Impeachment, Housing Crisis, Super Bowl LV: Your Weekend Briefing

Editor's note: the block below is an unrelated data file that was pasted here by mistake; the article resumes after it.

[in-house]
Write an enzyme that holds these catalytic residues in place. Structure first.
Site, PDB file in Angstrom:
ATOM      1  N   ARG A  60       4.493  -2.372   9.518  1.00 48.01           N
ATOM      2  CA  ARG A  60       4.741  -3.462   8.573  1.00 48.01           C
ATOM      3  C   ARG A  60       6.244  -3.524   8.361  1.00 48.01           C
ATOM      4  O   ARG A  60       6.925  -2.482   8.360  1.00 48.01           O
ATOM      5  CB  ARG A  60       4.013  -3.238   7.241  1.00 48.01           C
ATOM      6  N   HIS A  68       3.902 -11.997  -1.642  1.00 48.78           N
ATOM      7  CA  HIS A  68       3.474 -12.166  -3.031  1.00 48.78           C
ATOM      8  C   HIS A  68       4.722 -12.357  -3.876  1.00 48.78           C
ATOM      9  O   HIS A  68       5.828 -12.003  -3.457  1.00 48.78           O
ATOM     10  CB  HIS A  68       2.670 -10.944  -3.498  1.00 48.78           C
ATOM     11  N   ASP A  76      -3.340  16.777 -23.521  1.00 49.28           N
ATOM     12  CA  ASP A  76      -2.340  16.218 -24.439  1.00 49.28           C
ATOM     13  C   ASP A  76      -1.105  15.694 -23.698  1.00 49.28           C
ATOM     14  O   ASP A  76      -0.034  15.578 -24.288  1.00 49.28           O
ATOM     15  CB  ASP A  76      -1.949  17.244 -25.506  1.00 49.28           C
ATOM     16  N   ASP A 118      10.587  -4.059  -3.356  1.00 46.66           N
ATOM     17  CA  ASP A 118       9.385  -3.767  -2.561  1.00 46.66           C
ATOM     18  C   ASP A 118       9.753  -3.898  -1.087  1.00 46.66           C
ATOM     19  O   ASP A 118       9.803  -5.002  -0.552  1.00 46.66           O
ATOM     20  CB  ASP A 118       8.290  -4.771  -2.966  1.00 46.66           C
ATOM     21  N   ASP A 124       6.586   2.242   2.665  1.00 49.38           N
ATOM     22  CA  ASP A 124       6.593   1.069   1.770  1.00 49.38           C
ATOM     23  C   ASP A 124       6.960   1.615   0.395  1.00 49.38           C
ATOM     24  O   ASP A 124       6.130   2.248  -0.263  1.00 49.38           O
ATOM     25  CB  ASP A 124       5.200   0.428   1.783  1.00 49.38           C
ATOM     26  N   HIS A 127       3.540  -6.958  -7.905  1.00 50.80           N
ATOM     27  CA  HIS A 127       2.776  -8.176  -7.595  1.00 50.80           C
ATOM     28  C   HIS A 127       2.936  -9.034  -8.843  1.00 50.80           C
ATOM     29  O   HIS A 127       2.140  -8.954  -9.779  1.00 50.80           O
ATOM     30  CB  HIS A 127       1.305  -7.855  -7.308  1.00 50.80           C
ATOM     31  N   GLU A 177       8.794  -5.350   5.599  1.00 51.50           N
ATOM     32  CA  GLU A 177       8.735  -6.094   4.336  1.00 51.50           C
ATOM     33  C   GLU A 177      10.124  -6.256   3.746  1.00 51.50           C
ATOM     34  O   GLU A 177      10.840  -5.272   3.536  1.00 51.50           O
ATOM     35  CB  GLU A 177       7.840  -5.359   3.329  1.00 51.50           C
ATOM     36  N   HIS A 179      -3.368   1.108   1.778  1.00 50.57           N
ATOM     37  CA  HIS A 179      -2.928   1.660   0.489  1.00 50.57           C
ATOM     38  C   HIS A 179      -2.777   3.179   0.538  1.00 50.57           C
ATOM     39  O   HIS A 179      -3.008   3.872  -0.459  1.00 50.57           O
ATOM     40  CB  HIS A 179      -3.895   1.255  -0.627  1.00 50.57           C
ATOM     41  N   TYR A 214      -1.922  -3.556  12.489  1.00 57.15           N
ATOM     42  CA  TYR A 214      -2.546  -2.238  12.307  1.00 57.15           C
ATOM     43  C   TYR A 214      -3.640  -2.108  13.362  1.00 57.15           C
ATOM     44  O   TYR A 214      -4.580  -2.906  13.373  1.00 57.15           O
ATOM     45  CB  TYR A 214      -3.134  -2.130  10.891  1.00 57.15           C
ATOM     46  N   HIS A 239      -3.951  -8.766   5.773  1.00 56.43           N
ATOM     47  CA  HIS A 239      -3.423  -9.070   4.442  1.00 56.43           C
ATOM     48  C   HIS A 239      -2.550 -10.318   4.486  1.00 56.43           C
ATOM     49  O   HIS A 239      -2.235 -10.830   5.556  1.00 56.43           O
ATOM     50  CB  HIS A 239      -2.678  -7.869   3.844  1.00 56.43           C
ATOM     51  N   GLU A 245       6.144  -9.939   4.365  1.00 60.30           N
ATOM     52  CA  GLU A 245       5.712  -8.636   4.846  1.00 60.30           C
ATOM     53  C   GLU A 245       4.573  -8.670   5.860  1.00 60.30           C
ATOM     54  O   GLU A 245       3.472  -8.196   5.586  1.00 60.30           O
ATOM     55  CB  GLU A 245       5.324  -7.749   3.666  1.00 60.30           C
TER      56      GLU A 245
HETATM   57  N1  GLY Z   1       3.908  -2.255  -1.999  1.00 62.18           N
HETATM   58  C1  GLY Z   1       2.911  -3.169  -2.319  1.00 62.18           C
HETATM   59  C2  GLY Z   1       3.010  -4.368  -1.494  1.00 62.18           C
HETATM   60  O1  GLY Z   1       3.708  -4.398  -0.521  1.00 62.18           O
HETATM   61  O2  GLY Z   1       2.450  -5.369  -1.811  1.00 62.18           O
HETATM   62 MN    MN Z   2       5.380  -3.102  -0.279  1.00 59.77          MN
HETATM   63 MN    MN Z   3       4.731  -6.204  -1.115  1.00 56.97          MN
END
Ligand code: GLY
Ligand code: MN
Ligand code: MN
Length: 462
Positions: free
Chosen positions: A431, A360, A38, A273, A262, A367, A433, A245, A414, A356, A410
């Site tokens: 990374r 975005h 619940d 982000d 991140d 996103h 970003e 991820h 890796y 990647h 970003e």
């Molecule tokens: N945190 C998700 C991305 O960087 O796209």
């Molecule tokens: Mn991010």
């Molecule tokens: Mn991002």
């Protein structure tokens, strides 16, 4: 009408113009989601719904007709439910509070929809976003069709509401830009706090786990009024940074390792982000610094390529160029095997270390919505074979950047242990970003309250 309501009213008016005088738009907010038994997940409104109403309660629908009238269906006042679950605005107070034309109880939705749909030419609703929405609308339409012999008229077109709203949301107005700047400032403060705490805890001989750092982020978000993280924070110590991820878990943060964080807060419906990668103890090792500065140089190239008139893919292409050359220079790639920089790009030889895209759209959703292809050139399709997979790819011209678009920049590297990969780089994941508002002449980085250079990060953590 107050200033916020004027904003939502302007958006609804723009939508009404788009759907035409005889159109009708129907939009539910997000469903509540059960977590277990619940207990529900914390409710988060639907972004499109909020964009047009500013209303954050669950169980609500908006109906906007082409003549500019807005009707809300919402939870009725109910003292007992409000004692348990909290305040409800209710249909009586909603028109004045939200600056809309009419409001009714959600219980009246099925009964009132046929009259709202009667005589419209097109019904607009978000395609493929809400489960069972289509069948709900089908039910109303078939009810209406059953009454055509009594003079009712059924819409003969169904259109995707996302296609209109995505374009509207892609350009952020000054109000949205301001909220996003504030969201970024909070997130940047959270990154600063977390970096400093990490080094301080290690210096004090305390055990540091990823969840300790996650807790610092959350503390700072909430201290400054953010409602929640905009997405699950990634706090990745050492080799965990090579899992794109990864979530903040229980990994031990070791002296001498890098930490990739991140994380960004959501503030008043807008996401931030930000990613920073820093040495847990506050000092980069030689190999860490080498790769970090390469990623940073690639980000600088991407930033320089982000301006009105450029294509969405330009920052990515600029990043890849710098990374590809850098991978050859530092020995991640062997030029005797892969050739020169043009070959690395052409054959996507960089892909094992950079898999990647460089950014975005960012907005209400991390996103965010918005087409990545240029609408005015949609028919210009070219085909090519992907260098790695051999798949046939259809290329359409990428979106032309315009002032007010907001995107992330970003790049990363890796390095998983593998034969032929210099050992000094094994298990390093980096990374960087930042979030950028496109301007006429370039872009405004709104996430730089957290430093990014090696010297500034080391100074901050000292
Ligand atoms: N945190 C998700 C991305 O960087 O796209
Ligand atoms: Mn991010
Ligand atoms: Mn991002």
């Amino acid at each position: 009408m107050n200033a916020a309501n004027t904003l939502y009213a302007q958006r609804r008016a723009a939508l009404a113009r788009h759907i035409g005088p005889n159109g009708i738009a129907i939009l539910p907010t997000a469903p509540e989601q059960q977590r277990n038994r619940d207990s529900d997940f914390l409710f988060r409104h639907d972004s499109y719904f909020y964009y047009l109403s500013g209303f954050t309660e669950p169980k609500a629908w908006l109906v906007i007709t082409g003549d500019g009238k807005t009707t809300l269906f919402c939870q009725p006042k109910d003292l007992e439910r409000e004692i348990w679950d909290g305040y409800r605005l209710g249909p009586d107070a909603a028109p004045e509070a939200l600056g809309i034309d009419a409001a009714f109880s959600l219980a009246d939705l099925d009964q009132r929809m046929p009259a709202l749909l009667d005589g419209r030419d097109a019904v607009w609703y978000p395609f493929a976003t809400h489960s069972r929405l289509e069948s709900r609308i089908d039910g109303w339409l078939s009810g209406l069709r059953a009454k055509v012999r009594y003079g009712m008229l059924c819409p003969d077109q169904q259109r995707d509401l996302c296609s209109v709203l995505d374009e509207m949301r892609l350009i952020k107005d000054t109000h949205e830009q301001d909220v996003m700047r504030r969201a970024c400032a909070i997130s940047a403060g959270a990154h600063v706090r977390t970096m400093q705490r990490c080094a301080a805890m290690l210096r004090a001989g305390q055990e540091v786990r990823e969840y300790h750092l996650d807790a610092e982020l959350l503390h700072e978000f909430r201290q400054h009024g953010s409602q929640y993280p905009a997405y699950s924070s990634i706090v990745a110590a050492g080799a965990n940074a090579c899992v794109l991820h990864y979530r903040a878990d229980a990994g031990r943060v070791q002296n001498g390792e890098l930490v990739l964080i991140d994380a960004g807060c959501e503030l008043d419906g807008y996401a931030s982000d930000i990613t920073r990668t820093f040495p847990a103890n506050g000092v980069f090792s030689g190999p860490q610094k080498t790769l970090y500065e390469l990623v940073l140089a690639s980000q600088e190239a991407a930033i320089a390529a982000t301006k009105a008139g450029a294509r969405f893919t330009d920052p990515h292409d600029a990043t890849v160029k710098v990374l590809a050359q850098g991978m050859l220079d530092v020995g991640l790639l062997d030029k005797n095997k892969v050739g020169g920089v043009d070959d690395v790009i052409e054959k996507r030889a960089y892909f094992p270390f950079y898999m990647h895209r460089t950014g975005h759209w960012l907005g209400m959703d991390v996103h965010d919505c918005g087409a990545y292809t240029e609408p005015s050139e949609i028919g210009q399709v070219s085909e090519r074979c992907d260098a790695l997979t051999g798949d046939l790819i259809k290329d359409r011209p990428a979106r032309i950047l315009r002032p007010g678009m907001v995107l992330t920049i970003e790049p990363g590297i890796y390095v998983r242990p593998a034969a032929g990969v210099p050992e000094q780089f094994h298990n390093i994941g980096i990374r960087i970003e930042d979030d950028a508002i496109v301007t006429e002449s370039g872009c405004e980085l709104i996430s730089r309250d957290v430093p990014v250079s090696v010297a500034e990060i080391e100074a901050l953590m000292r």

(Want to get this briefing by email? Here’s the sign-up.)Here are the week’s top stories, and a look ahead.1. Donald Trump’s second impeachment trial begins.House impeachment managers are preparing to prosecute the former president on the charge of “incitement of an insurrection” for inflaming the mob that attacked the Capitol last month. Opening arguments begin Tuesday.Prosecutors plan to mount a fast-paced, cinematic case in which they’ll argue that Mr. Trump was “singularly responsible” for the Jan. 6 attack and a broader attack on democracy that showed he would do anything to “reassert his grip on power” if he were allowed to seek election again.2. Thousands of migrants are arriving at the U.S.-Mexico border.Many are hoping to benefit from President Biden’s pledge for a more compassionate immigration policy — and indeed, Border Patrol agents have already released hundreds of migrant families into the country. Above, a protest in Tijuana the day before Mr. Biden’s inauguration last month.Migrants still hoping to enter from the Mexican side during the pandemic could create a backlash for Mr. Biden. They are trying to enter not just by land: Record numbers are risking everything on the open ocean.Separately, Mr. Biden said he would bar Donald Trump from receiving the intelligence briefings traditionally given to former presidents, citing his “erratic behavior.”3. There was a U.S. housing crisis long before the pandemic. Now it’s worse.A study by the Federal Reserve Bank of Philadelphia showed that tenants who lost jobs during the Covid-19 crisis had amassed $11 billion in rental arrears; a broader measure estimated that as of January, renters owed $53 billion in missed rent, utility payments and late fees.President Biden said the rental assistance in his $1.9 trillion relief plan was essential to keeping people from “being thrown out in the street.” But the aid might miss the most desperate, like Angelica Gabriel and Felix Cesario, above, who are improvising by moving into even more crowded homes, pairing up with friends and family, or taking in subtenants.Democrats will begin drafting the wording of the aid package in the coming week and aim to speed it through the House by the end of the month.4. Cautious optimism: The worst of the current wave of coronavirus infections seems to be behind us.The seven-day rolling average of new cases in the U.S. is trending down in almost every part of the country. Still, that number is 104 percent higher than the summer peak on July 25, when the seven-day average was 66,784.At the same time, the number of coronavirus tests administered daily in the U.S. has been trending downward for more than two weeks, raising the possibility that testing has reached a ceiling or that the ramping up of vaccine distribution is fostering complacency.One thing is certain: The scramble for inoculations is getting intense, with “vaccine hunters” crossing state lines in quest of a shot. 5. Litigation represents a new front in the war against misinformation.Fox Business canceled its highest-rated show, “Lou Dobbs Tonight,” on Friday after its host was sued as part of a $2.7 billion defamation lawsuit by Smartmatic, a voting systems company. On Tuesday, the pro-Trump cable channel Newsmax cut off a guest’s rant about rigged voting machines.The use of defamation suits has also raised questions about how to police a news media that counts on First Amendment protections. But one liberal lawyer said, “It’s gotten to the point where the problem is so bad right now there’s virtually no other way to do it.”This newsletter is free, but you can go deeper into the stories we highlight each morning with a subscription to The Times. Please consider becoming a subscriber today.6. The new reality in Myanmar includes arrests, beatings by mysterious thugs and communications blackouts. But civil disobedience defiantly persists.On Saturday, thousands of people in hard hats and face masks marched in Yangon, the largest rallies since the coup on Monday that ousted the civilian leader Daw Aung San Suu Kyi. But the world could not watch. Live social-media feeds of the protests were abruptly shut off.Subtler forms of protests have appeared: Balloons showed support for Ms. Aung San Suu Kyi, and cities have resounded with the clanging of pots and pans, a traditional send-off for the devil. We’re also watching Haiti, where the opposition is demanding that President Jovenel Moïse step down today, as his five-year term ends. He maintains that because an interim government occupied the first year of his term, he should stay in office for another year.8. “Bridgerton” is just the cherry on top for fans of period clothing.Shonda Rhimes’s racially diverse Netflix series has ignited new interest in Regency fashions. But a global community of hobbyists has been designing, making and wearing clothing from the 19th century and earlier for many years. Social media has only widened the conversation.“You can’t really understand history until you’ve worn it,” said Filippa Trozelli, an antique jewelry appraiser in Stockholm who is pictured above in hot pink. “You get a whole different understanding.”9. Ten thousand years ago or more, people started painting the walls of these caves near Bhopal, India, above.In March, visiting scientists spotted something else: what looks an awful lot like an imprint of a 550-million-year-old fossil from the first bloom of complex life on Earth.Even if it’s just another example of cave art, that, too, could prove to be remarkable — a trace from the dawn of life nearly overwritten by the dawn of human creativity.Going further back in time: Scientists are now able to recreate precisely the journeys of Earth’s tectonic plates over the last billion years of its history, modeling the migration of continents.